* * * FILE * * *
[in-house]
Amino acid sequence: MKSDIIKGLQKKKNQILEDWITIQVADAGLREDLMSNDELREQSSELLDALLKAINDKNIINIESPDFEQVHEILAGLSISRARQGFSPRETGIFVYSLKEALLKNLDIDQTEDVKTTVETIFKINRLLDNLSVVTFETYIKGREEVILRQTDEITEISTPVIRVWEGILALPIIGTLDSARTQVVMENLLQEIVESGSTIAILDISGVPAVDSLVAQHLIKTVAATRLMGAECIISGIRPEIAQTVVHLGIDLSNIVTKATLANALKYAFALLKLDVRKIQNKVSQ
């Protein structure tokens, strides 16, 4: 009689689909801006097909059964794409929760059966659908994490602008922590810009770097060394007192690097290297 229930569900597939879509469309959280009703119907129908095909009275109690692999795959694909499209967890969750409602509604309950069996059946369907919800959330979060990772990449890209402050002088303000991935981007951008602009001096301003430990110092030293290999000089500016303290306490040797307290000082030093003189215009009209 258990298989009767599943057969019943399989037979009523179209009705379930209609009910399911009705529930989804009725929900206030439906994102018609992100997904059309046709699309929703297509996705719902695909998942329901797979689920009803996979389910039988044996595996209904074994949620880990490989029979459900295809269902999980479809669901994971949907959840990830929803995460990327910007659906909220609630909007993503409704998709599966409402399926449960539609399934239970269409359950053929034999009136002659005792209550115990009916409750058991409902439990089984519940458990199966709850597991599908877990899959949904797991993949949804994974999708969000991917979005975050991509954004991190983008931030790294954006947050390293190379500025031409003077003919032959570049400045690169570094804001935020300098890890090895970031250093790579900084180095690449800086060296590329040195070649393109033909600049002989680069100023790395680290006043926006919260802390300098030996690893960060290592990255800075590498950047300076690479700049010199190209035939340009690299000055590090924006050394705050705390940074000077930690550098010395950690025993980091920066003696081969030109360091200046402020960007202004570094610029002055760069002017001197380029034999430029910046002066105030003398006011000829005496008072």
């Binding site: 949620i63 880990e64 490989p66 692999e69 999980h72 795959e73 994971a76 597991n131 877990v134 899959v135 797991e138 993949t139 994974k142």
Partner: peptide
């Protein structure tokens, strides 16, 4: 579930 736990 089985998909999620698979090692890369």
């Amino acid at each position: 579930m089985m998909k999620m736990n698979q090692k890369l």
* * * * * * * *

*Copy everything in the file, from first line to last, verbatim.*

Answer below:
[in-house]
Amino acid sequence: MKSDIIKGLQKKKNQILEDWITIQVADAGLREDLMSNDELREQSSELLDALLKAINDKNIINIESPDFEQVHEILAGLSISRARQGFSPRETGIFVYSLKEALLKNLDIDQTEDVKTTVETIFKINRLLDNLSVVTFETYIKGREEVILRQTDEITEISTPVIRVWEGILALPIIGTLDSARTQVVMENLLQEIVESGSTIAILDISGVPAVDSLVAQHLIKTVAATRLMGAECIISGIRPEIAQTVVHLGIDLSNIVTKATLANALKYAFALLKLDVRKIQNKVSQ
């Protein structure tokens, strides 16, 4: 009689689909801006097909059964794409929760059966659908994490602008922590810009770097060394007192690097290297 229930569900597939879509469309959280009703119907129908095909009275109690692999795959694909499209967890969750409602509604309950069996059946369907919800959330979060990772990449890209402050002088303000991935981007951008602009001096301003430990110092030293290999000089500016303290306490040797307290000082030093003189215009009209 258990298989009767599943057969019943399989037979009523179209009705379930209609009910399911009705529930989804009725929900206030439906994102018609992100997904059309046709699309929703297509996705719902695909998942329901797979689920009803996979389910039988044996595996209904074994949620880990490989029979459900295809269902999980479809669901994971949907959840990830929803995460990327910007659906909220609630909007993503409704998709599966409402399926449960539609399934239970269409359950053929034999009136002659005792209550115990009916409750058991409902439990089984519940458990199966709850597991599908877990899959949904797991993949949804994974999708969000991917979005975050991509954004991190983008931030790294954006947050390293190379500025031409003077003919032959570049400045690169570094804001935020300098890890090895970031250093790579900084180095690449800086060296590329040195070649393109033909600049002989680069100023790395680290006043926006919260802390300098030996690893960060290592990255800075590498950047300076690479700049010199190209035939340009690299000055590090924006050394705050705390940074000077930690550098010395950690025993980091920066003696081969030109360091200046402020960007202004570094610029002055760069002017001197380029034999430029910046002066105030003398006011000829005496008072």
């Binding site: 949620i63 880990e64 490989p66 692999e69 999980h72 795959e73 994971a76 597991n131 877990v134 899959v135 797991e138 993949t139 994974k142």
Partner: peptide
């Protein structure tokens, strides 16, 4: 579930 736990 089985998909999620698979090692890369």
């Amino acid at each position: 579930m089985m998909k999620m736990n698979q090692k890369l």